Edith Patch Hall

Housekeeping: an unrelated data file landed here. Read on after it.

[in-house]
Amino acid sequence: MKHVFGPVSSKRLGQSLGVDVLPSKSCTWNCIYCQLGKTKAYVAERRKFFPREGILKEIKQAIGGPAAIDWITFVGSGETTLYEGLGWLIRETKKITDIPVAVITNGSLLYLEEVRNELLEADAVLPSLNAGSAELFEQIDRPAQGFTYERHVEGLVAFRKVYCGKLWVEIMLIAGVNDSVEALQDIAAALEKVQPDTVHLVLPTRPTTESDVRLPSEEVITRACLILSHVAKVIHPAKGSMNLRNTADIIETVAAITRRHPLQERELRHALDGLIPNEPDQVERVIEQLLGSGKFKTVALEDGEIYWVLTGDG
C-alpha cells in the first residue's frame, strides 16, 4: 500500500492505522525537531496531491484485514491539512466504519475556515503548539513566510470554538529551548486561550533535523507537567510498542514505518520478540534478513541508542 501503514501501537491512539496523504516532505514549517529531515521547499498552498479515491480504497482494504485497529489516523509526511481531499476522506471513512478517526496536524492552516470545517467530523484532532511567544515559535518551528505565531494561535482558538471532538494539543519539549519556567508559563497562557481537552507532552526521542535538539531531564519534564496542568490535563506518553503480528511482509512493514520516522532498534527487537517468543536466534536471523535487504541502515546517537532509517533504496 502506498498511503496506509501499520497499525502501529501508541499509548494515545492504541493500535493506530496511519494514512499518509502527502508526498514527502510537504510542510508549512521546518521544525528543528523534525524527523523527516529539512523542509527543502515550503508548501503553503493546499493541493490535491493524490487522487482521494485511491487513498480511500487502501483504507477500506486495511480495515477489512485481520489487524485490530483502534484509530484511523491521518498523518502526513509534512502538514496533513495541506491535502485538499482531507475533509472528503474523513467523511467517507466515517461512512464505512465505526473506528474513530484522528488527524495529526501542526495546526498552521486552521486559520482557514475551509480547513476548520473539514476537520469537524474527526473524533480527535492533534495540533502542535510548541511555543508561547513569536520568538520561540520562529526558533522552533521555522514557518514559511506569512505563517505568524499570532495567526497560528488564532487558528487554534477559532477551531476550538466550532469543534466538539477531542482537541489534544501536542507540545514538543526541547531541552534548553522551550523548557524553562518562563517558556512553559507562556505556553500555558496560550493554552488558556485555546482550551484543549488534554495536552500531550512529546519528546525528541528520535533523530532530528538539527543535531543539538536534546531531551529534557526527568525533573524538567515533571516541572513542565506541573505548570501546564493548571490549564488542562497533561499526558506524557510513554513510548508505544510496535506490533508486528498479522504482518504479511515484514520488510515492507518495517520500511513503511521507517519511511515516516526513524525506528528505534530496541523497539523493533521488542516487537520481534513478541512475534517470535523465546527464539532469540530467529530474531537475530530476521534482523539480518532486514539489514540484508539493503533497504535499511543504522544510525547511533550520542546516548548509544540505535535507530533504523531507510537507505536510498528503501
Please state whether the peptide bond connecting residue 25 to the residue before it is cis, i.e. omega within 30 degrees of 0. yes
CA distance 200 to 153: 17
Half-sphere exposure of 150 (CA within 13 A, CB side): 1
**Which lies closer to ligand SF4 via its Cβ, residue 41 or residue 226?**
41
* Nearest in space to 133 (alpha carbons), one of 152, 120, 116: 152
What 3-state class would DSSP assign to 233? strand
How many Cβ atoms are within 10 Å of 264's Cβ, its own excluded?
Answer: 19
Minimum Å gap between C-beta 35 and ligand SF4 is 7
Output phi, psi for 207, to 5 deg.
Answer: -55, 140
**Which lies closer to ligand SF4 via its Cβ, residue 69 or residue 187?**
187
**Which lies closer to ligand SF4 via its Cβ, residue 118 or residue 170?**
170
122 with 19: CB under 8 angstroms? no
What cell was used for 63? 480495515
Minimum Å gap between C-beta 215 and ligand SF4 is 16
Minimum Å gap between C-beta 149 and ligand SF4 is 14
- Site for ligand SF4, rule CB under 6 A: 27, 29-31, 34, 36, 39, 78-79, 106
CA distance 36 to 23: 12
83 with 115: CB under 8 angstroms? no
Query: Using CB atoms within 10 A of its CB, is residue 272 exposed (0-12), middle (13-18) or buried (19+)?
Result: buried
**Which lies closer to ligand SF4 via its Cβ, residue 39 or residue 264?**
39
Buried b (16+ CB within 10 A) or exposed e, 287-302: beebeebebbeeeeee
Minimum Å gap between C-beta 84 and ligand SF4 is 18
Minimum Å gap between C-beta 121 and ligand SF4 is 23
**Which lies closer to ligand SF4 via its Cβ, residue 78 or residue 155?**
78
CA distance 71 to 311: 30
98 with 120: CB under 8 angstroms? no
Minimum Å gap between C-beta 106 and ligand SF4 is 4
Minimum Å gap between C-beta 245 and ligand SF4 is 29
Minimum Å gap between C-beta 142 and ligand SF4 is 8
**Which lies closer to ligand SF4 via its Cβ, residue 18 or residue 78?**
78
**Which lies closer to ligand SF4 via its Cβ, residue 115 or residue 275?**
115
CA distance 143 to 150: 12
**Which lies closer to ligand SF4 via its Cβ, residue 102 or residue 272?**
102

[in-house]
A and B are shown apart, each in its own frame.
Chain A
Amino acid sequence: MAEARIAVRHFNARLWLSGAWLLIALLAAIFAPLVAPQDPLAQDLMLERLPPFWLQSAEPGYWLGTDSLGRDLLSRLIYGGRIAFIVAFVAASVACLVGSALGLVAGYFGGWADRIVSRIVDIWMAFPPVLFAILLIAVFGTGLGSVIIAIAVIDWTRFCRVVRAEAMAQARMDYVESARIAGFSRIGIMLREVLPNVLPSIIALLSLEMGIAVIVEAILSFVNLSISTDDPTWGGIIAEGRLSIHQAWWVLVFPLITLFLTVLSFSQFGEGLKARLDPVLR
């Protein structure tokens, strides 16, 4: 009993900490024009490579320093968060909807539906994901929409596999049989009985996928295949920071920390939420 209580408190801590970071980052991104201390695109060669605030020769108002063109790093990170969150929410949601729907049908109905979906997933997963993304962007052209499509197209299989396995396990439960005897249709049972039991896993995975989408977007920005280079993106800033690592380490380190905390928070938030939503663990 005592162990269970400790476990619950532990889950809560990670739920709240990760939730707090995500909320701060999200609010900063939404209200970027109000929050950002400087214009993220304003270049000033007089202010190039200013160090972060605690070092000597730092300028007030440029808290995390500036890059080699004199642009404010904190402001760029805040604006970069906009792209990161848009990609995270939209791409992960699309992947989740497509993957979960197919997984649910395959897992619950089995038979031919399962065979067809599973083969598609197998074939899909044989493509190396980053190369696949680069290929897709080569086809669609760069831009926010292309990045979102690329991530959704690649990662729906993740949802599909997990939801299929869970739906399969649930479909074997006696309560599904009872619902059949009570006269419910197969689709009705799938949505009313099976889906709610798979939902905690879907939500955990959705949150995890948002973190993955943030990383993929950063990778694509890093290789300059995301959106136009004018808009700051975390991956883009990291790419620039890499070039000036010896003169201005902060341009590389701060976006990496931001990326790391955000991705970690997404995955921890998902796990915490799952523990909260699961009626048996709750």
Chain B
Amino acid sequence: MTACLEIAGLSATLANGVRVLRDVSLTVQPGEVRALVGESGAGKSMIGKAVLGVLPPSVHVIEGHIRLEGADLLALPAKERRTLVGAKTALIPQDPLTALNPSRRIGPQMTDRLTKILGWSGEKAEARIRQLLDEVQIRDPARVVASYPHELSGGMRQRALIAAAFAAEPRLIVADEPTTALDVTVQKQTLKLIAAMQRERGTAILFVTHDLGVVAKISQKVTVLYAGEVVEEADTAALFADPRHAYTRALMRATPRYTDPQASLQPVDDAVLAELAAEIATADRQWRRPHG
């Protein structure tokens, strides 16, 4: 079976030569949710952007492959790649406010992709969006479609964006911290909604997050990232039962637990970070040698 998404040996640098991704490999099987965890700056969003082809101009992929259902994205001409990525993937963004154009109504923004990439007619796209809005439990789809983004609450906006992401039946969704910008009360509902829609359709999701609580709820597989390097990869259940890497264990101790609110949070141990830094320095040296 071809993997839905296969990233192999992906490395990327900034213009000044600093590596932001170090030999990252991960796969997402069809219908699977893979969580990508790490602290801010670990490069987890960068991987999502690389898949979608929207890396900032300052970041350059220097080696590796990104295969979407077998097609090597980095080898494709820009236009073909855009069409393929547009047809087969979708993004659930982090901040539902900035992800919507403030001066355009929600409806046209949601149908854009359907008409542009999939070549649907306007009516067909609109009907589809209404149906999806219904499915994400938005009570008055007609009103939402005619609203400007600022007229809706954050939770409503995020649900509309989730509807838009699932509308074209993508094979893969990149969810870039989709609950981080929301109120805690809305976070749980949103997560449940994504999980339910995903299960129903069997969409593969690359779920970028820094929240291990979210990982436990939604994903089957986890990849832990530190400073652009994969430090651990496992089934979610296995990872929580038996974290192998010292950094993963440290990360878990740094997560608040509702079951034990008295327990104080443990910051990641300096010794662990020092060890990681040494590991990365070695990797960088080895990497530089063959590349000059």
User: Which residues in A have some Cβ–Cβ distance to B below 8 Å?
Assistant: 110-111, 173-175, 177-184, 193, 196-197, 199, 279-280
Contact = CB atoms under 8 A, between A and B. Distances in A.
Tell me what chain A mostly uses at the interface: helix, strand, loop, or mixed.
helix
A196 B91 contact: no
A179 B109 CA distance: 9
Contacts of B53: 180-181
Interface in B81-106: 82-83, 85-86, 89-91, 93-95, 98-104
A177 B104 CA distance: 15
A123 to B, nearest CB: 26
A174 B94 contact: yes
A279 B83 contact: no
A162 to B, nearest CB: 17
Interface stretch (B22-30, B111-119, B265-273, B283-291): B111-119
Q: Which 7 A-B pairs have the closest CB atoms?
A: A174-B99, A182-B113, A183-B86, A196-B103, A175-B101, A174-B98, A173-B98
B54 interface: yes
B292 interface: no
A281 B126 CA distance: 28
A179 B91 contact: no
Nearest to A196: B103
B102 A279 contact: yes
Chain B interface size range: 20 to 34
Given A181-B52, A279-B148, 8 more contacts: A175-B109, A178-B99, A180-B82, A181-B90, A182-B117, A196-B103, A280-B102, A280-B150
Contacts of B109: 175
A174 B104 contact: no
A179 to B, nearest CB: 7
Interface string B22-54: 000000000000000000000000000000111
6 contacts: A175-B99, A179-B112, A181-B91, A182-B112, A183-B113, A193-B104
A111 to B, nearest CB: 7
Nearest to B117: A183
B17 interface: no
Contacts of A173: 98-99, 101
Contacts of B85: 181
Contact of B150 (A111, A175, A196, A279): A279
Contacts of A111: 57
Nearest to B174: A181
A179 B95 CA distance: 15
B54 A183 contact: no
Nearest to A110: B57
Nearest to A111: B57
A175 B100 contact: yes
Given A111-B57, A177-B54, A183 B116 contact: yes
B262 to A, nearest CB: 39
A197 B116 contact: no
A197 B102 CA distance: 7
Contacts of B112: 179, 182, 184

Edith Patch was a major figure in entomology at UMaine from 1904–37. She earned a Bachelor of Science degree from the University of Minnesota in 1901. She was interested in both science and writing, but could not find a job in science until 1903 when Charles Woods of the Maine Agricultural Experiment Station invited her to organize a Department of Entomology at UMaine. Woods offered her no salary but arranged for her to teach English for a living wage. He received criticism for appointing a woman in what was considered a man’s field. Within a year, Patch established the department and earned a salaried position. She also wrote about 15 books and 78 major articles, including a three-volume work on the aphid. “Food Plant Catalogue of the Aphids of the World” is regarded as one of the most outstanding scientific contributions made by an Orono resident. Patch earned a master’s degree at UMaine in 1910 and a doctorate from Cornell University in 1911. She was elected the first woman president of the Entomological Society of America in 1930, and her knowledge of the potential dangers of pesticides was ahead of others in the field. Patch bought her Orono home, Braeside, in 1913 and made its gardens, fields and woods a living laboratory. She retired from UMaine in 1937 and lived at Braeside until her death in 1954.